By Tracy Dewhirst, Knoxnews.com
Aug. 29 was the five-year anniversary of Hurricane Katrina, one of the most damaging storms to hit the United States.
Media stories last week recounted the tragic event, the lives lost, and the ongoing effort to rebuild and restore the Gulf coast. Katrina was a natural disaster that taught U.S. many lessons, but one remarkable outcome that has received little press is how Katrina helped to spread heartworm disease.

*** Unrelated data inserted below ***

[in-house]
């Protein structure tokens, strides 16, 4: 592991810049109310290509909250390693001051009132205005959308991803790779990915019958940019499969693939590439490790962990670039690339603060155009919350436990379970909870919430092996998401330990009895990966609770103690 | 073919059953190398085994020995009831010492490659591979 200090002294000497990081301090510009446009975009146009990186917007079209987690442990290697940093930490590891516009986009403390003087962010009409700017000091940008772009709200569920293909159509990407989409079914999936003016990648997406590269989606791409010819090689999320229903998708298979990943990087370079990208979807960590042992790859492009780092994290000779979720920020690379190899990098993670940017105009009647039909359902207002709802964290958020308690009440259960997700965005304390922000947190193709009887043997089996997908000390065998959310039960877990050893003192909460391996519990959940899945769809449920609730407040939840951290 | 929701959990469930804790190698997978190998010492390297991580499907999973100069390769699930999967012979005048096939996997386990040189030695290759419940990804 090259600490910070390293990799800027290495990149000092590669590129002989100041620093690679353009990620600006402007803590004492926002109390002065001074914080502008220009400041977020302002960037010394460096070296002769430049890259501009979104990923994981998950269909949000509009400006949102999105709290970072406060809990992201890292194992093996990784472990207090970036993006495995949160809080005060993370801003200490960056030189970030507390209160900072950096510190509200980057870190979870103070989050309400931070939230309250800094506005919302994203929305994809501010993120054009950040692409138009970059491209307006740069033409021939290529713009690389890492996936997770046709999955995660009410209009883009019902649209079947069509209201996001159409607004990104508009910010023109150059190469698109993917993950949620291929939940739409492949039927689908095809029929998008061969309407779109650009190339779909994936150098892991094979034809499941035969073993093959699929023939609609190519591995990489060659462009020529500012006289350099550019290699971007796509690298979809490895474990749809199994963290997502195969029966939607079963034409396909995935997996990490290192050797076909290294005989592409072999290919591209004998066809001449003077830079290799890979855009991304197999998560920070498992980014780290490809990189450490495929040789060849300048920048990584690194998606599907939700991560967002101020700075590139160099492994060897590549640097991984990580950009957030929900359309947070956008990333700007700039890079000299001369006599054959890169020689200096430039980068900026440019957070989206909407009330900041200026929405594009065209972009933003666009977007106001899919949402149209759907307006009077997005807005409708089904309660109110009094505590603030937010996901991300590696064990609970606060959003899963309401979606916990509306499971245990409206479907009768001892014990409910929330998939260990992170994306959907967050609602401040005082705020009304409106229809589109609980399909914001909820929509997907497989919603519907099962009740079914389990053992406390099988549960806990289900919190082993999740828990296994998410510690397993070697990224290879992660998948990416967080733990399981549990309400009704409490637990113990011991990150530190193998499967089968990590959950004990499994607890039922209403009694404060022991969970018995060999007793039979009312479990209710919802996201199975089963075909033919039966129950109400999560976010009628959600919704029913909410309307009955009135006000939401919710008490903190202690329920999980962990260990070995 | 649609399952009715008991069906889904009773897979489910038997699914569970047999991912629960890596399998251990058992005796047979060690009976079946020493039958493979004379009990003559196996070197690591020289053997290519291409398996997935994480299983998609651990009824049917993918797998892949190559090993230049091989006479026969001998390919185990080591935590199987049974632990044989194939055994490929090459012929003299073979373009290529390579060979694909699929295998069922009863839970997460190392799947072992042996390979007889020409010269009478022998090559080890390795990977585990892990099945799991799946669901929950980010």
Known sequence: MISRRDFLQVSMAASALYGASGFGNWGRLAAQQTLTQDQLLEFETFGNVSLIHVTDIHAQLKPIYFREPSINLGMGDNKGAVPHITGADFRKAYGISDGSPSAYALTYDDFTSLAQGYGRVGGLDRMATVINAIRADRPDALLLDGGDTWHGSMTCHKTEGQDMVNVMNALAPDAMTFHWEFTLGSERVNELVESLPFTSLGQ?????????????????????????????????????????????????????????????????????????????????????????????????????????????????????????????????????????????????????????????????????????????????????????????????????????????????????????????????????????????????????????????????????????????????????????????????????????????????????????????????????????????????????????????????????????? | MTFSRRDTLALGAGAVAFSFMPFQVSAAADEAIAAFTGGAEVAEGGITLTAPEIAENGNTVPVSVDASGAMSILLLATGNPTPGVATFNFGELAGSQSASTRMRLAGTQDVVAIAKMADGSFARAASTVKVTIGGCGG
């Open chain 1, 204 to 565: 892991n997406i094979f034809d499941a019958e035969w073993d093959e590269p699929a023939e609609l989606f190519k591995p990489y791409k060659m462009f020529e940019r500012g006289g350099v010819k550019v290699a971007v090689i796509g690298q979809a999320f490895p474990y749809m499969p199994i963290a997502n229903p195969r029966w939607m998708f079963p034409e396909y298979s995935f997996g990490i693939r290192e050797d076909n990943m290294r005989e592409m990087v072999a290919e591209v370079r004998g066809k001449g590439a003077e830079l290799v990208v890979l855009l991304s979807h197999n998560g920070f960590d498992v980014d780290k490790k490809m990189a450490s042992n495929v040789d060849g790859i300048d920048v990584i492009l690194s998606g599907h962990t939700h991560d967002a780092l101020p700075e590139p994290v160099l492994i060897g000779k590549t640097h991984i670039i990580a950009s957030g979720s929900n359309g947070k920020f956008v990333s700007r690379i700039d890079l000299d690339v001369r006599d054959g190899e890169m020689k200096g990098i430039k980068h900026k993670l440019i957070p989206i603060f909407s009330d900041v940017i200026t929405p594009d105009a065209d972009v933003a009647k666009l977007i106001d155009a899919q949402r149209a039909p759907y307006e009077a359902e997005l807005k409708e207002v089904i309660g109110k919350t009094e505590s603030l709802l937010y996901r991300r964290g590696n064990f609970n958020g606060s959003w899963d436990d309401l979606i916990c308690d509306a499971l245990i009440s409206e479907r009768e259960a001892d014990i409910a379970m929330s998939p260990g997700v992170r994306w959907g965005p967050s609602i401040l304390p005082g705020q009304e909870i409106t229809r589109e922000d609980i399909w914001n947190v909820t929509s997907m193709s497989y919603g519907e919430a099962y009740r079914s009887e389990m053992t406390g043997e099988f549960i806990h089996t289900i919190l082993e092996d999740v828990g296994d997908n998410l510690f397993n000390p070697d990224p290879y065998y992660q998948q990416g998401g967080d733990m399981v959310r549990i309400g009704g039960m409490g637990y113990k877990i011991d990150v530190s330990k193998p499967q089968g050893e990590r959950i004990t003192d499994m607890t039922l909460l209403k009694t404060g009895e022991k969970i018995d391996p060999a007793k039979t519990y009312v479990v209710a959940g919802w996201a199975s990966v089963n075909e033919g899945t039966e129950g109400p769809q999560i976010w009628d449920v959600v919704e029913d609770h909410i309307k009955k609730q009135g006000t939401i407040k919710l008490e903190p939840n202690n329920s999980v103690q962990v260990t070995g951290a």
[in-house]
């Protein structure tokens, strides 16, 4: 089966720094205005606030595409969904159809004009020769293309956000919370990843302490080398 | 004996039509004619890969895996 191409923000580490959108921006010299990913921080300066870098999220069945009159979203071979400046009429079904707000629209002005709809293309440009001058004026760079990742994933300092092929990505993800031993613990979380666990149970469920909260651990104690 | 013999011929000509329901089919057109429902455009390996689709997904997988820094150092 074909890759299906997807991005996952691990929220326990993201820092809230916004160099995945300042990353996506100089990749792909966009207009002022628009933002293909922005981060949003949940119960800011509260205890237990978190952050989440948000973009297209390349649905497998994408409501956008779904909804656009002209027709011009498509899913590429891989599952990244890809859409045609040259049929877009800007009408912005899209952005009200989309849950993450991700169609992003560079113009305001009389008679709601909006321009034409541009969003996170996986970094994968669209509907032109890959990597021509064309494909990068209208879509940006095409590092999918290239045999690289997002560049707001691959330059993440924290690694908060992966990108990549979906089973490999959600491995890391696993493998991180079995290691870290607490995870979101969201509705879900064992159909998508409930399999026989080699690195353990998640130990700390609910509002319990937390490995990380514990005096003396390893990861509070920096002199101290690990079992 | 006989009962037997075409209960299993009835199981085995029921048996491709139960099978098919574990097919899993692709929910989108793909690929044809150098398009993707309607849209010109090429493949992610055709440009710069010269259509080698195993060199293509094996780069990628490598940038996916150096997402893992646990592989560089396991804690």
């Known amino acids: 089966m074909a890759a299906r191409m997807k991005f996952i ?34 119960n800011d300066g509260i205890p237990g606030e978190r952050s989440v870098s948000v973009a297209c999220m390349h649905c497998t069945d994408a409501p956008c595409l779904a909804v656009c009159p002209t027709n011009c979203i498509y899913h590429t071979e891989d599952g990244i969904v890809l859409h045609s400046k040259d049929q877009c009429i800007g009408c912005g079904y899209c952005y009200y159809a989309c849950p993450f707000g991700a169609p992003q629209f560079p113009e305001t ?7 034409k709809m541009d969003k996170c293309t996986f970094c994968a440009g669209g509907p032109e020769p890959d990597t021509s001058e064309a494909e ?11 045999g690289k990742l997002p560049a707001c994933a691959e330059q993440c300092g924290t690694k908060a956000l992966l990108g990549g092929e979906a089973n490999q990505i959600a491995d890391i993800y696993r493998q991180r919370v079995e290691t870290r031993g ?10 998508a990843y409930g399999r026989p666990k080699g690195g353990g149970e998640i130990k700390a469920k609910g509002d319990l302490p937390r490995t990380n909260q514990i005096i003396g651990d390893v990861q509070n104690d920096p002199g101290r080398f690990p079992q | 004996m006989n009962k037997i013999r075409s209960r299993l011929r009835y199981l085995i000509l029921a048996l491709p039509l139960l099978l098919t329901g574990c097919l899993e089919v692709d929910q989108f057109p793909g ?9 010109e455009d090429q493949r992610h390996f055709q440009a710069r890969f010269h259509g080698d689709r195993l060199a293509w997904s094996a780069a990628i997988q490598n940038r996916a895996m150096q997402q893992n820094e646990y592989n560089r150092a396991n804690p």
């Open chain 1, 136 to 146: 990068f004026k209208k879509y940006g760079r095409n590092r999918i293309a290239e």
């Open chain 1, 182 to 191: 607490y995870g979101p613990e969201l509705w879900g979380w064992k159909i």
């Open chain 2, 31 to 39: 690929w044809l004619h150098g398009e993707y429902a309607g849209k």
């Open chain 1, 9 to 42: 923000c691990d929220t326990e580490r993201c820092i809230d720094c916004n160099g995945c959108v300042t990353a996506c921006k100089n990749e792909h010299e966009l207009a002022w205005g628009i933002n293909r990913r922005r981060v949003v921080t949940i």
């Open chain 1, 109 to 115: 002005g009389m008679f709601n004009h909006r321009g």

Five years after the storm, epidemiologists are finding that Hurricane Katrina triggered an exodus of animals from the southern coast that were carrying heartworm disease. Due to technology, transportation, and lack of owner compliance and understanding of the heartworm parasite, an epidemic that would not have occurred under normal conditions took less than five years to crop up.
Read more here.